Family LawWhat Is Common Law Marriage In Texas?

April 19, 20220
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Texas is one of the states that recognize common law marriage. Also known as marriage without formalities or informal marriage, common law marriage is defined as when couples live together and present themselves to friends, family, and the community as ‘being married.’ However, they have never gone through a formal wedding ceremony and do not have a marriage license.

Common Law Marriage in Texas?

There are some myths about common law marriage. One of the most well-known myths is that if two people live together for a certain amount of time, often 7 years. The truth is it actually varies by state. For the state of Texas, there is no specific amount of time a couple must reside together before the common law marriage begins.

How to Establish a Texas Common Law Marriage

Several rules must be proven in order to be married under common law. First, you must be able to marry. Both people must be at least 18 years old, and neither can already be married. This is Texas law for both common law and traditional marriage.

These three rules must exist simultaneously to be proven a common law marriage in Texas:

  • Both people agree to marry, and
  • After the agreement, they live together in Texas as husband and wife, and
  • They represent themselves to others as a married couple

Ways A Couple Can Represent Themselves to Be in a Common Law Marriage

As the above rules state, a couple must represent themselves as married. Besides simply introducing the person as your spouse, there are other ways to express yourself as married. Some examples include signing a lease or other documents as a married couple or taking their last name. Some couples also add a spouse to health insurance. You might also assign a spouse as a beneficiary on life insurance, or file joint tax returns.

These are examples only. It is best to speak with a Texas family law attorney to establish a valid Texas common law marriage.

Why You Want to Establish Yourself as a Common Law Marriage Couple

Taking your relationship a step further and becoming married has legal benefits. When one spouse passes away, the surviving spouse is eligible to inherit the property and assets. Without marriage, everything would go into probate court and perhaps be passed to someone else.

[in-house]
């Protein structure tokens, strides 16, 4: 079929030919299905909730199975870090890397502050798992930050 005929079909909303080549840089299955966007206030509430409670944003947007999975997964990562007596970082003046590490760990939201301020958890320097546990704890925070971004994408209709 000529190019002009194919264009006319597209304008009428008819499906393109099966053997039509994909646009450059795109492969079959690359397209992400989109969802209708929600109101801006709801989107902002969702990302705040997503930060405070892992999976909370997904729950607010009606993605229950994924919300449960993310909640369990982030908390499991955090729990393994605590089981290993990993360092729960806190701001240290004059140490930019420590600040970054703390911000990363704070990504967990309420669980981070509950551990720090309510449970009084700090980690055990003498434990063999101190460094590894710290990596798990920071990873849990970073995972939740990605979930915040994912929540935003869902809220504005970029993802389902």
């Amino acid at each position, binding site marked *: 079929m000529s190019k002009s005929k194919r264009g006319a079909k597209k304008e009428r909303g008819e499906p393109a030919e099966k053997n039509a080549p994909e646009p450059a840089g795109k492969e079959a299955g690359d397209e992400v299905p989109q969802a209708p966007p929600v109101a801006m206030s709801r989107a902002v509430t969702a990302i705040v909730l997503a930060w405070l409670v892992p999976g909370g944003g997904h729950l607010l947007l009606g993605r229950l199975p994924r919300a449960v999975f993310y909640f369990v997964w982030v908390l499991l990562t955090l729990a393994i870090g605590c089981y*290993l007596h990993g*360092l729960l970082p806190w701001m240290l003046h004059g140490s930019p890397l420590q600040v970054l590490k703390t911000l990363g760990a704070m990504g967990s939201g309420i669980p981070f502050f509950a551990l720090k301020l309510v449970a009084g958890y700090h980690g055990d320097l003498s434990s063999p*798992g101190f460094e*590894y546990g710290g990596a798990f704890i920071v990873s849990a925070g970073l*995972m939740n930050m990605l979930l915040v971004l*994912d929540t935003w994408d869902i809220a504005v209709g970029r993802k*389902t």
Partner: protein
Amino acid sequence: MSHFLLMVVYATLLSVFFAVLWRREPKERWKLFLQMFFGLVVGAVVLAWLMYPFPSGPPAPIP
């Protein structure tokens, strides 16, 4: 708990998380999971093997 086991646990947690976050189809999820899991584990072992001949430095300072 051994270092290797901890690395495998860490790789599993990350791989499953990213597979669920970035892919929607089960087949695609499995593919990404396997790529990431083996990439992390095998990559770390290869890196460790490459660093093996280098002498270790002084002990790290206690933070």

Tax breaks and other financial benefits accompany being married. Property division rights and inheritance rights apply as well. Also, if the relationship ends, the division of property and finances is carried out, including in some cases spousal support.

How to End a Common Law Marriage in Texas

While you can establish yourself in a common law marriage, you can not simply walk away from one and legally call it over. Separating and living in different homes does not mean your marriage is through. Under Texas law, your ex and yourself need to get legally divorced to end a common law marriage. Working with a Texas divorce attorney familiar with common law marriages will help make this difficult process a bit easier.

Under Texas law, all property acquired during the marriage is considered community property. It must be divided the same as if the couple was formally married. Also, all debts incurred during the common law marriage are divided between the spouses.

Working with a Texas Family Law Attorney

If you and your partner have split and were considered under Texas law as common law married. It would be best to file for divorce as soon as possible. If you and your partner are separated for more than 2 years and did not follow the law of common law marriage, it would then be assumed under Texas law that you were never married.

In situations where no common law marriage is proved (as with the rules above), there is no common property to divide. When unmarried couples split, each person will part with what they brought into the relationship and split what was accumulated during their time together.

Requesting a divorce and proving a Texas common law marriage is tricky. You need a Texas divorce attorney who understands the ins and outs of common law marriage.

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